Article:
The Decisive Battle of the Philippine Sea

The Battle of the Philippine Sea, a monumental clash from June 19–20, 1944, is recognized as a pinnacle turning point in the Pacific War. It was a devastating blow to the operational capabilities of the Imperial Japanese Navy's carrier forces. Notably, it was the last of the major carrier-versus-carrier battles of World War II, involving unprecedented scales of engagement, with 24 aircraft carriers deploying approximately 1,350 aircraft. Amidst the United States' amphibious invasion of the Mariana Islands, the Fifth Fleet of the United States Navy confronted the Japanese Mobile Fleet, alongside ships and aircraft stationed on neighboring islands.

10973403690?profile=RESIZE_584xThe aerial component of the conflict earned the irreverent moniker, "The Great Marianas Turkey Shoot," due to the staggeringly disproportionate losses suffered by Japanese forces at the hands of skilled American pilots and advanced anti-aircraft defenses. This nomenclature stemmed from an anecdotal comparison to a recreational bird hunt, reflecting the ease with which American forces decimated the inexperienced and poorly trained Japanese aviators. Key to the battle's outcome was the Americans' decisive tactical advantage—steeped in rigorous pilot training, numerical superiority, and the revolutionary employment of proximity fuzes in anti-aircraft weaponry.

Intelligence advantage also played a critical role. The Allies had recovered critical Japanese strategic plans from the wreckage of Admiral Mineichi Koga's aircraft earlier in the year, granting them insight into Japanese battle strategies. This compromised the Japanese defense and further tilted the scales in favor of the Allied forces. During the engagement, American submarines greatly contributed to the attrition of Japanese naval power by sinking two principal Japanese fleet carriers. Despite a strain on returning American aircraft due to fuel shortages as night approached, the damage inflicted on the Japanese was irrecoverable. The Imperial Japanese Navy, henceforth, faced a crippling decline in carrier air strength and receded from aggressive carrier warfare, leaving its surviving vessels to languish in port for the remainder of the conflict. The Battle of the Philippine Sea, coupled with the subsequent Battle of Leyte Gulf, unequivocally signaled the closure of Japanese carrier operations, a decisive moment that inexorably pushed the Pacific Theatre towards its ultimate resolution.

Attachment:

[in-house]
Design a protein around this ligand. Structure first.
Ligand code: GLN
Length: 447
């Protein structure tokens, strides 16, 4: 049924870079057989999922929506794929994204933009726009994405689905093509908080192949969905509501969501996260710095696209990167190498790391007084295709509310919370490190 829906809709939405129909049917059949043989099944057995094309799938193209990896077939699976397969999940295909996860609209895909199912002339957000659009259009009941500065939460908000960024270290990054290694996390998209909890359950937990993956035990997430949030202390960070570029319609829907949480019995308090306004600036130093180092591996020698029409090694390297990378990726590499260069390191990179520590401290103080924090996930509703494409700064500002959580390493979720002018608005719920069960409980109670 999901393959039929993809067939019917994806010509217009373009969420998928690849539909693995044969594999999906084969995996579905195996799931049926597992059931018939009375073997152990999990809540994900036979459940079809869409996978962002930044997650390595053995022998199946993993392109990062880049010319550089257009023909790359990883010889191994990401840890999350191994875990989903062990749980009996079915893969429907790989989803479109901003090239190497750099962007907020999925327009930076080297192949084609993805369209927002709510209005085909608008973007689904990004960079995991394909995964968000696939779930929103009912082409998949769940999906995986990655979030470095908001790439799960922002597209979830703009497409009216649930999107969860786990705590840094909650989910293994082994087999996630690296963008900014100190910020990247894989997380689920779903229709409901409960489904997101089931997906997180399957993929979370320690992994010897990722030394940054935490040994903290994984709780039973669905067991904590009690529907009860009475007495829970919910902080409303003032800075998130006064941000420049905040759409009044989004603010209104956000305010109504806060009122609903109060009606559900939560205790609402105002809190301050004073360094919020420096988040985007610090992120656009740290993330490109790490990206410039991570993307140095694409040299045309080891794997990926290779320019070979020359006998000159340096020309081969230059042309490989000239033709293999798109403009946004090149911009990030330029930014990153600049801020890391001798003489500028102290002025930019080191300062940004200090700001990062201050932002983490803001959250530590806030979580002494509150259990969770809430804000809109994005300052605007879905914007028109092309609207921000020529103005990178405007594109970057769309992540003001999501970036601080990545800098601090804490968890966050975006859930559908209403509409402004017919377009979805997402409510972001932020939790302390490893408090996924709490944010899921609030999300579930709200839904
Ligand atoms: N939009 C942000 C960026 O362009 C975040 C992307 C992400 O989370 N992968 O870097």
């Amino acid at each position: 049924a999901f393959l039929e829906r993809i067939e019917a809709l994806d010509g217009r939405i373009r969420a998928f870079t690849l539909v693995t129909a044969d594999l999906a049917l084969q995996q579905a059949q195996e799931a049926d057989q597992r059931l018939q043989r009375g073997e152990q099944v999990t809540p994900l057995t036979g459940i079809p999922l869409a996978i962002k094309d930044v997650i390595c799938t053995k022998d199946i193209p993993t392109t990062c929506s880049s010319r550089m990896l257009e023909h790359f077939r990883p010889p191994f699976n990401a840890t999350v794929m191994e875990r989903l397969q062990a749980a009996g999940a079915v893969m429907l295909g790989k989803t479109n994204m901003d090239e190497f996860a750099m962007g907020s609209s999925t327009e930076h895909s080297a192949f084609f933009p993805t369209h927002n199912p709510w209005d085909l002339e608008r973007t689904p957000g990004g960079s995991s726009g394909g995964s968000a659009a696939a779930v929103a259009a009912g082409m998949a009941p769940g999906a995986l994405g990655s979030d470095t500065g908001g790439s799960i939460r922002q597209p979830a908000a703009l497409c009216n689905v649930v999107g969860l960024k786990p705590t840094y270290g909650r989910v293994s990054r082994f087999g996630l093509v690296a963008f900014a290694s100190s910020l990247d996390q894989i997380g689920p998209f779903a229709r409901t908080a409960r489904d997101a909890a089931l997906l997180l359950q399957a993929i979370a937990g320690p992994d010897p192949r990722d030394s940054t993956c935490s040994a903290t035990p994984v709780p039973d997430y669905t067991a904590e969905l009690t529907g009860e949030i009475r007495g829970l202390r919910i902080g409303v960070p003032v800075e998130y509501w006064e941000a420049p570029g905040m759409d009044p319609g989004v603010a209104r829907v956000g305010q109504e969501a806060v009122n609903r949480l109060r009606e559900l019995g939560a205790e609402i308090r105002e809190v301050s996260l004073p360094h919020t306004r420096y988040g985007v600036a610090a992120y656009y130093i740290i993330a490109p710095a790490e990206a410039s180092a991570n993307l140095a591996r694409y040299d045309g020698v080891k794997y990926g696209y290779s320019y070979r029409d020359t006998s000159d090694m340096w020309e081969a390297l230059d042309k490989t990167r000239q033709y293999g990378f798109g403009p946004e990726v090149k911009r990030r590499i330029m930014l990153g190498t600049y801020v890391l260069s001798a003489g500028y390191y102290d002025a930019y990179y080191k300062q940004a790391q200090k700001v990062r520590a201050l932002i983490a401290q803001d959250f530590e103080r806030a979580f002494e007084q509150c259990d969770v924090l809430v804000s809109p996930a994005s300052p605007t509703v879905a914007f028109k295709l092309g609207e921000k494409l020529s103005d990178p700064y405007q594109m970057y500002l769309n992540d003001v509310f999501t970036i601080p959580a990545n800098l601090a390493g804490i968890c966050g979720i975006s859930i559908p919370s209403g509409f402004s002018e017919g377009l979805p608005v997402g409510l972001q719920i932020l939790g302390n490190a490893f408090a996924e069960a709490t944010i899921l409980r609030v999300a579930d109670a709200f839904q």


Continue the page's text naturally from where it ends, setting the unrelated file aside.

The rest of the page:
The Implications of Victory

The allied victory at Saipan pierced Japan's Exclusive National Defense Sphere, instigating notable disruptions within the Japanese government and military command. The fall of Saipan led to Tojo's resignation and signified a turning point in the war's narrative, with Japan's defeat becoming seemingly inevitable. The battle's successful outcome—facilitated by the strategic foresight of figures like Richmond K. Turner, Holland Smith, and Raymond Spruance—ushered in a new era in Pacific warfare, demonstrating the indomitable strength and resilience of Allied forces.